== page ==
The PEOPLE of the State of California, Plaintiff and Respondent, v. Dennis ALVAS, Defendant and Appellant.
Following a trial by court, defendant was found to be mentally retarded and a danger to himself or others (Welf. & Inst.Code, § 6500) 1 and was involuntarily committed to the Stockton Developmental Center for one year.
On appeal defendant contends the judgment must be reversed because (1) the record fails to show an advisement and waiver of the right to a jury trial on the issues of dangerousness and retardation, and (2) section 6500 is unconstitutionally vague for failure to define “dangerousness” as it is used in that section.2
Conceding that defendant's first contention has merit and that reversal is therefore required, the People have not addressed defendant's contention challenging the constitutionality of section 6500. The concession is appropriate, although not on the authority cited by the parties to this appeal.
The People and defendant each rely on O'Brien v. Superior Court (1976) 61 Cal.App.3d 62, 132 Cal.Rptr. 13, for the proposition that where a court trial results in the defendant's commitment pursuant to section 6500 proceedings, reversal is required unless the record shows an advisement and waiver of the defendant's right to a jury trial. Neither O'Brien nor any other case disclosed by our research reaches such a conclusion.
The defendant in O'Brien was the subject of section 6500 proceedings and unsuccessfully moved for a jury trial on the issues of his alleged mental retardation and dangerousness. Following a court trial in which those issues were determined adversely to him, defendant was committed for treatment for one year; he sought habeas corpus relief. The O'Brien court held, on equal protection and impliedly on due process grounds, that even though there was no statutory right to a jury trial for a defendant subject to section 6500 proceedings, that “in commitment or recommitment proceedings under Welfare and Institutions Code section 6500 et seq. allegedly mentally retarded persons are entitled to a jury trial upon request.” (61 Cal.App.3d at p. 69, 132 Cal.Rptr. 13, emphasis added.)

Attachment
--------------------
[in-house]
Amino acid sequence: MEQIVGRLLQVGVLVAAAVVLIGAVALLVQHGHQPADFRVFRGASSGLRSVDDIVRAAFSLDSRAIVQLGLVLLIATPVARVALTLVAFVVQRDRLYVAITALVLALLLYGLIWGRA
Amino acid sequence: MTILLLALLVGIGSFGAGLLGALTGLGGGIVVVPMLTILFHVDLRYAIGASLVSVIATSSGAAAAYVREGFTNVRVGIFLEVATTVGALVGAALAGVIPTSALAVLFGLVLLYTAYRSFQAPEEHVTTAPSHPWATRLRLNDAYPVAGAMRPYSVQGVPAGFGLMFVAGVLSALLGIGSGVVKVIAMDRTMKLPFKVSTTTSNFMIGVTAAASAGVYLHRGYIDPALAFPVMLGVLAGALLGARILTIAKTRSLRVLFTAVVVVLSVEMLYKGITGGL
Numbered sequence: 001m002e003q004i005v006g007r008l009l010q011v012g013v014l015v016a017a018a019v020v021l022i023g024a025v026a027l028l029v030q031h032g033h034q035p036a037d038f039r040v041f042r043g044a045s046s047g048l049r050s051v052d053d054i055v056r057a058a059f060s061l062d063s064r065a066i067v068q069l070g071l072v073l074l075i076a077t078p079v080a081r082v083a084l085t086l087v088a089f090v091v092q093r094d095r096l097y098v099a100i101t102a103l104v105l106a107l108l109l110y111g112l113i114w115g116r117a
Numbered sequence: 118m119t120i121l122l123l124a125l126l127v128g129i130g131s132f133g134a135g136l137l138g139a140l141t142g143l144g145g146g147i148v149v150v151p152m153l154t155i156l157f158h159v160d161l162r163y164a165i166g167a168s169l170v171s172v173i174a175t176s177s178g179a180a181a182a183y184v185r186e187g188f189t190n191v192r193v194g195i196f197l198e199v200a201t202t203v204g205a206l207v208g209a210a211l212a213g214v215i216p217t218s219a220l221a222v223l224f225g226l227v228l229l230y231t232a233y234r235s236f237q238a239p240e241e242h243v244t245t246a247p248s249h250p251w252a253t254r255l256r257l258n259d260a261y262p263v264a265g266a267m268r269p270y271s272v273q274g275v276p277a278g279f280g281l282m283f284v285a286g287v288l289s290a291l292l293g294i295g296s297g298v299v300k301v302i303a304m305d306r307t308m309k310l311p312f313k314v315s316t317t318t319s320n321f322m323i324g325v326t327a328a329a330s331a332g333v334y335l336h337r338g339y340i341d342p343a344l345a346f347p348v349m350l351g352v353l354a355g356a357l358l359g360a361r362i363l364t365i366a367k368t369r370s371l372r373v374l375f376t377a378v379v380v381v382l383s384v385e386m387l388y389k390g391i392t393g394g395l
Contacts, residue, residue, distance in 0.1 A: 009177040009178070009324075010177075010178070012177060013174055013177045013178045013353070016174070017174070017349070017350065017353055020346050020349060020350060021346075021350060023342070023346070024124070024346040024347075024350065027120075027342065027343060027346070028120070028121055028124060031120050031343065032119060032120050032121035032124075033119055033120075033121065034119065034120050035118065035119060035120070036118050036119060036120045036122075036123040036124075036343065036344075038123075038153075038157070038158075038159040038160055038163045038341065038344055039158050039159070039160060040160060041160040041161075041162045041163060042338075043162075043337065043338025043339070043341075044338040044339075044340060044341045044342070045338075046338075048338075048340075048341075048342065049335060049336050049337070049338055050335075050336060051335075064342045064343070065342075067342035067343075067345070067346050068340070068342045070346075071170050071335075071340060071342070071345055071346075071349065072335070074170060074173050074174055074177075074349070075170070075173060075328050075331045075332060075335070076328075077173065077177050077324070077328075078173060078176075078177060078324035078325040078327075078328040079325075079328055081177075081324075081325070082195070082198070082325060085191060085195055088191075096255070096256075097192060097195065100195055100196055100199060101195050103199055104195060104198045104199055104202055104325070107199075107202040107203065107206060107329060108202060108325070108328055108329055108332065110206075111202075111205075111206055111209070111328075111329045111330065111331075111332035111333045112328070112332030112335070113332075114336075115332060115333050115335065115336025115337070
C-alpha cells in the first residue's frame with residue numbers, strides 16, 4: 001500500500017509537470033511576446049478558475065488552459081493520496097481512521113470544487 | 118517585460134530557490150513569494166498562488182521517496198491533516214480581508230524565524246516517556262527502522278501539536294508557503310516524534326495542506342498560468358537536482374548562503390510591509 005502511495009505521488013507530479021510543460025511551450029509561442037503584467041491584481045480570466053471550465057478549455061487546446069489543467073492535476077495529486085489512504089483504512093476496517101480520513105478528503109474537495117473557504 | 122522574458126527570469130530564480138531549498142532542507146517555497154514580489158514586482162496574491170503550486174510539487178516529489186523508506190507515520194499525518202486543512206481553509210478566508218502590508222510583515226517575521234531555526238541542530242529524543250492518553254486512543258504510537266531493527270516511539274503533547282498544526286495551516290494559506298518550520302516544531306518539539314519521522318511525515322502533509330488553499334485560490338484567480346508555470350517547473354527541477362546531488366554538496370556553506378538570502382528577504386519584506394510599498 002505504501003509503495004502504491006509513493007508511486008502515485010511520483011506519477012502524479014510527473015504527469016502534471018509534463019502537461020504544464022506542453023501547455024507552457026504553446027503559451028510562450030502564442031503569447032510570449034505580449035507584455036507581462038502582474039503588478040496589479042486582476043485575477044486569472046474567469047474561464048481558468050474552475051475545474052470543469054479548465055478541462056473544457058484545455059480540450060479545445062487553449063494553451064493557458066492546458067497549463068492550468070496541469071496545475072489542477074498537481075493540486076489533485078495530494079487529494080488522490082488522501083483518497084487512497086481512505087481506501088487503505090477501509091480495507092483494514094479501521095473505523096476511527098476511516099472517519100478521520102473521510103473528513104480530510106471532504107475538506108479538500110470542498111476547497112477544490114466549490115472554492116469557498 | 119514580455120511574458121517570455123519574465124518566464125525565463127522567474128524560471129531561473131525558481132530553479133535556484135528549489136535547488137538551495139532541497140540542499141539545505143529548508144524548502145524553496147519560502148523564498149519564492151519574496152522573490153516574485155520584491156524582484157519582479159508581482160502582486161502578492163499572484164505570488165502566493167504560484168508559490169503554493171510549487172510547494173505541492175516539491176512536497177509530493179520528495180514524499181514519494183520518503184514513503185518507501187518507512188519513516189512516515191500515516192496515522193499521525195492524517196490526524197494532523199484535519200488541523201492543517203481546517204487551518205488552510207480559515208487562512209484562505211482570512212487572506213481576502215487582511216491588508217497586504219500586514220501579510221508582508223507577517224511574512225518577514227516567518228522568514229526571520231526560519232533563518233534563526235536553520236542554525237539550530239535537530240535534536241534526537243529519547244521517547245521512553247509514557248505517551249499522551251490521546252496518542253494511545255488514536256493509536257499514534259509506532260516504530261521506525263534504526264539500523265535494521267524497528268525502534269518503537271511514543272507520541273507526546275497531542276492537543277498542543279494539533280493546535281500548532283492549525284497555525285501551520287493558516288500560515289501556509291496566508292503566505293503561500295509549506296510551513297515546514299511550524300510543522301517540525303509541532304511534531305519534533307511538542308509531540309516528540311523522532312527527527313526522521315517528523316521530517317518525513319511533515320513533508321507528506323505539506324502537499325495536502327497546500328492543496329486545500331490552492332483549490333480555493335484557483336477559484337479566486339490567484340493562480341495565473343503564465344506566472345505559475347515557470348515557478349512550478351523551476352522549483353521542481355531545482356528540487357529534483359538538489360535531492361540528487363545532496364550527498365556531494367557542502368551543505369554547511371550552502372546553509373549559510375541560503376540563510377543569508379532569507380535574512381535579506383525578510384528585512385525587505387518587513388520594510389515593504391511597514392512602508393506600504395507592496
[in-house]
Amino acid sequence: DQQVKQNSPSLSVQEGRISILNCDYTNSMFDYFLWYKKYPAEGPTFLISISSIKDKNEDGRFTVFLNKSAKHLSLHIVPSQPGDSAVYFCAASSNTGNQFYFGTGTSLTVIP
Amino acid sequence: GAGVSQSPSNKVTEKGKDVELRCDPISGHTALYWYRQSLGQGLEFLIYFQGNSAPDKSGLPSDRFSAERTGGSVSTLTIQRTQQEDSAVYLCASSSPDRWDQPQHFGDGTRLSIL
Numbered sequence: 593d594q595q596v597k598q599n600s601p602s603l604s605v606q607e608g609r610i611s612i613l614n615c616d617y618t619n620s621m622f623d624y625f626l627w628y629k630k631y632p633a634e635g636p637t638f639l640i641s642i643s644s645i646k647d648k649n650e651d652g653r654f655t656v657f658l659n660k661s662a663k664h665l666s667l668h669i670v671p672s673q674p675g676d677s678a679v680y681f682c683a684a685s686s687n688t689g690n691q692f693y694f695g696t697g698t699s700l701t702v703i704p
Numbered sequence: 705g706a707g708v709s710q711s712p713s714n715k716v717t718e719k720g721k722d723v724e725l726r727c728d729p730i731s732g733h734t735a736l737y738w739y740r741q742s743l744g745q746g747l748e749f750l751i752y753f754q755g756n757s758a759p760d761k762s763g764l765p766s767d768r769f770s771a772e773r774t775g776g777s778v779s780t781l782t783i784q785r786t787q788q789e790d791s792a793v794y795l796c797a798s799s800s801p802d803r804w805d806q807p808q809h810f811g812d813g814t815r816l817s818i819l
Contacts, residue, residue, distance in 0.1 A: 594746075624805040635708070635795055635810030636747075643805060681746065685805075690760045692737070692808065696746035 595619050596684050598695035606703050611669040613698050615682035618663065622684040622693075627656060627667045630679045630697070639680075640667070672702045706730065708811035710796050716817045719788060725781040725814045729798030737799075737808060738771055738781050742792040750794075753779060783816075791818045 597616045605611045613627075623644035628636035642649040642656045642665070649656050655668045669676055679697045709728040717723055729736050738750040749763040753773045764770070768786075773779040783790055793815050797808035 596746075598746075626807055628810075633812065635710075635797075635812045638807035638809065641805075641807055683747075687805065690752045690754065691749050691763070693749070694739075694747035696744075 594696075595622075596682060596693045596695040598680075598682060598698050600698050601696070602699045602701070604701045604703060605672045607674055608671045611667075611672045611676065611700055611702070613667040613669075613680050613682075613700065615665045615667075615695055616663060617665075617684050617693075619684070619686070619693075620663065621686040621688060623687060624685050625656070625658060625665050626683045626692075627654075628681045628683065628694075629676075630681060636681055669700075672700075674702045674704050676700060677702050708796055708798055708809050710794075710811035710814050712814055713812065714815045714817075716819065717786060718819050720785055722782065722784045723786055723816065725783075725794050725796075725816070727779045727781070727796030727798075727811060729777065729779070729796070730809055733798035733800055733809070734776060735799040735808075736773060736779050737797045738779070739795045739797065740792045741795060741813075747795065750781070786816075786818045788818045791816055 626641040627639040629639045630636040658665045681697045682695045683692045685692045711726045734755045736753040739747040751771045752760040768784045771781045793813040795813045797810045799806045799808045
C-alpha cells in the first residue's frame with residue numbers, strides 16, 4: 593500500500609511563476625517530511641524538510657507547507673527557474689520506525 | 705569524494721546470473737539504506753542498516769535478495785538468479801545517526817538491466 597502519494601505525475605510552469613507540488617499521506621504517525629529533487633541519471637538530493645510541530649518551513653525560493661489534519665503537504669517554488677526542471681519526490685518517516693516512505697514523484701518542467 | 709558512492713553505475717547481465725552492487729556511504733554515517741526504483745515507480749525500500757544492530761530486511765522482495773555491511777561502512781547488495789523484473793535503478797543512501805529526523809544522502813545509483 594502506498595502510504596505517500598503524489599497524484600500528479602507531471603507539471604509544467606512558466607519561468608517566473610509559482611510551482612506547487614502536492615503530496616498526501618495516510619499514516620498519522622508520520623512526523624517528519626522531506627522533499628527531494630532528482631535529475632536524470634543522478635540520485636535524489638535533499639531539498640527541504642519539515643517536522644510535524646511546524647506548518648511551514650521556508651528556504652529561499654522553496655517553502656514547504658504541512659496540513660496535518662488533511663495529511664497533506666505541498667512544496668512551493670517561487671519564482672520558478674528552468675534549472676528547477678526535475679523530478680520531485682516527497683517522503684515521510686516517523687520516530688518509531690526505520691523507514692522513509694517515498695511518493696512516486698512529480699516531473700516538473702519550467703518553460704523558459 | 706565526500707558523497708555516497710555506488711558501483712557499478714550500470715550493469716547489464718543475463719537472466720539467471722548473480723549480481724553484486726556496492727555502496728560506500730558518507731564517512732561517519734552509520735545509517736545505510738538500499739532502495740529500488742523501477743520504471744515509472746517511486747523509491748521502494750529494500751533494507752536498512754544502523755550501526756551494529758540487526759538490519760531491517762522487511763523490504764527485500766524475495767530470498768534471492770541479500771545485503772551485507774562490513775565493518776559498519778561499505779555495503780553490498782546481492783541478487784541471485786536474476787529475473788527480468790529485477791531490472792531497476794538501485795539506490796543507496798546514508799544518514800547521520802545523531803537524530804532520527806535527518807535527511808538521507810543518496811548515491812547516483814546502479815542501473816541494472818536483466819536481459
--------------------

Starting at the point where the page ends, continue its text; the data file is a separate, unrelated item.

The record in this instance does not contain such a request. However the lack of a request for a jury trial notwithstanding, and for reasons to be explained, we conclude that defendant's contention must be sustained pursuant to both the equal protection and the due process clauses of the federal and state Constitutions (U.S. Const., 14th Amend.; Cal. Const., art. I, § 7, subd. (a)) and as a consequence this matter must be reversed and remanded for retrial.
Effective July 1, 1969, the Legislature enacted a sweeping revision of the mental health laws (§ 5000 et seq.), known as the Lanterman–Petris–Short Act (hereafter LPS Act). The LPS Act, which expressly excludes the mentally retarded (§ 5002), applies, inter alia, to those who as a result of mental disorder are a danger to themselves or others or are gravely disabled, and provides for 72–hour and 14–day periods of detention for treatment and evaluation. (§ 5150, 5170, 5200, 5225, and 5250.) If further detention is required, sections 5300, 5301, and 5304 provide the procedural mechanism for commitment and recommitment periods of 180 days each. With respect to these extended commitments, the trial court is statutorily required (§ 5302) to advise the defendant of his right to a jury trial on the allegations. No similar safeguard exists for those accused of being dangerously mentally retarded.